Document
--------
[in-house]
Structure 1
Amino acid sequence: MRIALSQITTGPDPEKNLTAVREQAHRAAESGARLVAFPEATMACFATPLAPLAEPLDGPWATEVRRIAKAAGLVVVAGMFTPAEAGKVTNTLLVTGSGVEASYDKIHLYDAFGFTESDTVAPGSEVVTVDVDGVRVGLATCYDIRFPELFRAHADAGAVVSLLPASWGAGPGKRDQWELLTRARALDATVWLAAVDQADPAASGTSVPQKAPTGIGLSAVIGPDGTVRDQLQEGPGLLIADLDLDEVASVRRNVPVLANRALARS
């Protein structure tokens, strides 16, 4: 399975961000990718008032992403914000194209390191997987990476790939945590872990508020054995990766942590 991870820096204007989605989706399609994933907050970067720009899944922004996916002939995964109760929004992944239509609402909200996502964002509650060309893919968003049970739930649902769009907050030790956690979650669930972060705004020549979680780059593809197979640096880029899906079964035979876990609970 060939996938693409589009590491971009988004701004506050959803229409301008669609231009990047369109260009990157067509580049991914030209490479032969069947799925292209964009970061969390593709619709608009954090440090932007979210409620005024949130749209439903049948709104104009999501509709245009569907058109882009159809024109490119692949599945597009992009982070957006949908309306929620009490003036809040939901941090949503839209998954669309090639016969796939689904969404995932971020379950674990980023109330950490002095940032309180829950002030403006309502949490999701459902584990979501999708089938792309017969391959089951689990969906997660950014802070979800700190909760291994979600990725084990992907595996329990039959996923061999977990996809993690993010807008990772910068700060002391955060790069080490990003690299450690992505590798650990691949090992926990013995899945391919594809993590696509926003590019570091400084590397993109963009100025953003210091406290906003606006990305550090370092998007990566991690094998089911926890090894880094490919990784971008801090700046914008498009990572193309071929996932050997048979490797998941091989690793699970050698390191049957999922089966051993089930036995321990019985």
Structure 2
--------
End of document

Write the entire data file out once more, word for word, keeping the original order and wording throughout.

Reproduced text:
[in-house]
Structure 1
Amino acid sequence: MRIALSQITTGPDPEKNLTAVREQAHRAAESGARLVAFPEATMACFATPLAPLAEPLDGPWATEVRRIAKAAGLVVVAGMFTPAEAGKVTNTLLVTGSGVEASYDKIHLYDAFGFTESDTVAPGSEVVTVDVDGVRVGLATCYDIRFPELFRAHADAGAVVSLLPASWGAGPGKRDQWELLTRARALDATVWLAAVDQADPAASGTSVPQKAPTGIGLSAVIGPDGTVRDQLQEGPGLLIADLDLDEVASVRRNVPVLANRALARS
């Protein structure tokens, strides 16, 4: 399975961000990718008032992403914000194209390191997987990476790939945590872990508020054995990766942590 991870820096204007989605989706399609994933907050970067720009899944922004996916002939995964109760929004992944239509609402909200996502964002509650060309893919968003049970739930649902769009907050030790956690979650669930972060705004020549979680780059593809197979640096880029899906079964035979876990609970 060939996938693409589009590491971009988004701004506050959803229409301008669609231009990047369109260009990157067509580049991914030209490479032969069947799925292209964009970061969390593709619709608009954090440090932007979210409620005024949130749209439903049948709104104009999501509709245009569907058109882009159809024109490119692949599945597009992009982070957006949908309306929620009490003036809040939901941090949503839209998954669309090639016969796939689904969404995932971020379950674990980023109330950490002095940032309180829950002030403006309502949490999701459902584990979501999708089938792309017969391959089951689990969906997660950014802070979800700190909760291994979600990725084990992907595996329990039959996923061999977990996809993690993010807008990772910068700060002391955060790069080490990003690299450690992505590798650990691949090992926990013995899945391919594809993590696509926003590019570091400084590397993109963009100025953003210091406290906003606006990305550090370092998007990566991690094998089911926890090894880094490919990784971008801090700046914008498009990572193309071929996932050997048979490797998941091989690793699970050698390191049957999922089966051993089930036995321990019985």
Structure 2